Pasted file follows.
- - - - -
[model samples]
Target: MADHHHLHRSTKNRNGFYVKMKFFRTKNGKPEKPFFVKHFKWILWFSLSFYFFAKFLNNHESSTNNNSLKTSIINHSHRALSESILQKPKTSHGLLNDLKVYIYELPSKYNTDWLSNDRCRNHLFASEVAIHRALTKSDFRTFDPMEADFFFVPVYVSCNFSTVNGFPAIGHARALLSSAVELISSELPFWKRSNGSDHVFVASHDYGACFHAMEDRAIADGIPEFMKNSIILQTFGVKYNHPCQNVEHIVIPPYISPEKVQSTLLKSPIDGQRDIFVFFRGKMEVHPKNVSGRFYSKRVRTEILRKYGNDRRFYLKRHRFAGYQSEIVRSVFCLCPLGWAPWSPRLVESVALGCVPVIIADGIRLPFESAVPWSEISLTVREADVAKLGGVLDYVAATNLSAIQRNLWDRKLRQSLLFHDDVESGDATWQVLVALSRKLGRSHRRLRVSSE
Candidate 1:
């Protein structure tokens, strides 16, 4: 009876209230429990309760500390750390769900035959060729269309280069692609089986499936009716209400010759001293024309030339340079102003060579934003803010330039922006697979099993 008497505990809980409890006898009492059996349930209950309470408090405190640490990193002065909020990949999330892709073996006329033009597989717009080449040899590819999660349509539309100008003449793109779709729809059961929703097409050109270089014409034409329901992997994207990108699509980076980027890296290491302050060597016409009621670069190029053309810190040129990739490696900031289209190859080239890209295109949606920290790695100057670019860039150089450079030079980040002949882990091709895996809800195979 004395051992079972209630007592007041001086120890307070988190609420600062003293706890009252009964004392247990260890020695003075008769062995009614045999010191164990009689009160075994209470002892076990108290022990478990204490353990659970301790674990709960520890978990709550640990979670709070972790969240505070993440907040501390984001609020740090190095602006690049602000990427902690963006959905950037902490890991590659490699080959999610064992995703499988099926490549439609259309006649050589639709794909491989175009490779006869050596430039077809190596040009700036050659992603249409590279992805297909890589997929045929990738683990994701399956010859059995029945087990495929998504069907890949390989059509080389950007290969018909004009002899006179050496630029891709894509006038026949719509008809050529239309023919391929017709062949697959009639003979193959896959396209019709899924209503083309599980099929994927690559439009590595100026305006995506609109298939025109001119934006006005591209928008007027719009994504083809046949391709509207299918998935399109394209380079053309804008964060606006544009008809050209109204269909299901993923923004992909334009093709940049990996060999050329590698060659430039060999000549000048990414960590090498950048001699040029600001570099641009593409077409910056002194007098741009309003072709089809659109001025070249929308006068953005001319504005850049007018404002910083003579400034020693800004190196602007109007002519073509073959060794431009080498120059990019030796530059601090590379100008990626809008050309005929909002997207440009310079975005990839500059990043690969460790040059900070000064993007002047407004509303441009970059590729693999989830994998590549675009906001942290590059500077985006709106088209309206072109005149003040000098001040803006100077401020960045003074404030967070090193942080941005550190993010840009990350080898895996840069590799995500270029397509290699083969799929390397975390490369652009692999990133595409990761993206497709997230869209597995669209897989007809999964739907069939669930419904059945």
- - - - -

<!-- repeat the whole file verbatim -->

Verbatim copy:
[model samples]
Target: MADHHHLHRSTKNRNGFYVKMKFFRTKNGKPEKPFFVKHFKWILWFSLSFYFFAKFLNNHESSTNNNSLKTSIINHSHRALSESILQKPKTSHGLLNDLKVYIYELPSKYNTDWLSNDRCRNHLFASEVAIHRALTKSDFRTFDPMEADFFFVPVYVSCNFSTVNGFPAIGHARALLSSAVELISSELPFWKRSNGSDHVFVASHDYGACFHAMEDRAIADGIPEFMKNSIILQTFGVKYNHPCQNVEHIVIPPYISPEKVQSTLLKSPIDGQRDIFVFFRGKMEVHPKNVSGRFYSKRVRTEILRKYGNDRRFYLKRHRFAGYQSEIVRSVFCLCPLGWAPWSPRLVESVALGCVPVIIADGIRLPFESAVPWSEISLTVREADVAKLGGVLDYVAATNLSAIQRNLWDRKLRQSLLFHDDVESGDATWQVLVALSRKLGRSHRRLRVSSE
Candidate 1:
């Protein structure tokens, strides 16, 4: 009876209230429990309760500390750390769900035959060729269309280069692609089986499936009716209400010759001293024309030339340079102003060579934003803010330039922006697979099993 008497505990809980409890006898009492059996349930209950309470408090405190640490990193002065909020990949999330892709073996006329033009597989717009080449040899590819999660349509539309100008003449793109779709729809059961929703097409050109270089014409034409329901992997994207990108699509980076980027890296290491302050060597016409009621670069190029053309810190040129990739490696900031289209190859080239890209295109949606920290790695100057670019860039150089450079030079980040002949882990091709895996809800195979 004395051992079972209630007592007041001086120890307070988190609420600062003293706890009252009964004392247990260890020695003075008769062995009614045999010191164990009689009160075994209470002892076990108290022990478990204490353990659970301790674990709960520890978990709550640990979670709070972790969240505070993440907040501390984001609020740090190095602006690049602000990427902690963006959905950037902490890991590659490699080959999610064992995703499988099926490549439609259309006649050589639709794909491989175009490779006869050596430039077809190596040009700036050659992603249409590279992805297909890589997929045929990738683990994701399956010859059995029945087990495929998504069907890949390989059509080389950007290969018909004009002899006179050496630029891709894509006038026949719509008809050529239309023919391929017709062949697959009639003979193959896959396209019709899924209503083309599980099929994927690559439009590595100026305006995506609109298939025109001119934006006005591209928008007027719009994504083809046949391709509207299918998935399109394209380079053309804008964060606006544009008809050209109204269909299901993923923004992909334009093709940049990996060999050329590698060659430039060999000549000048990414960590090498950048001699040029600001570099641009593409077409910056002194007098741009309003072709089809659109001025070249929308006068953005001319504005850049007018404002910083003579400034020693800004190196602007109007002519073509073959060794431009080498120059990019030796530059601090590379100008990626809008050309005929909002997207440009310079975005990839500059990043690969460790040059900070000064993007002047407004509303441009970059590729693999989830994998590549675009906001942290590059500077985006709106088209309206072109005149003040000098001040803006100077401020960045003074404030967070090193942080941005550190993010840009990350080898895996840069590799995500270029397509290699083969799929390397975390490369652009692999990133595409990761993206497709997230869209597995669209897989007809999964739907069939669930419904059945």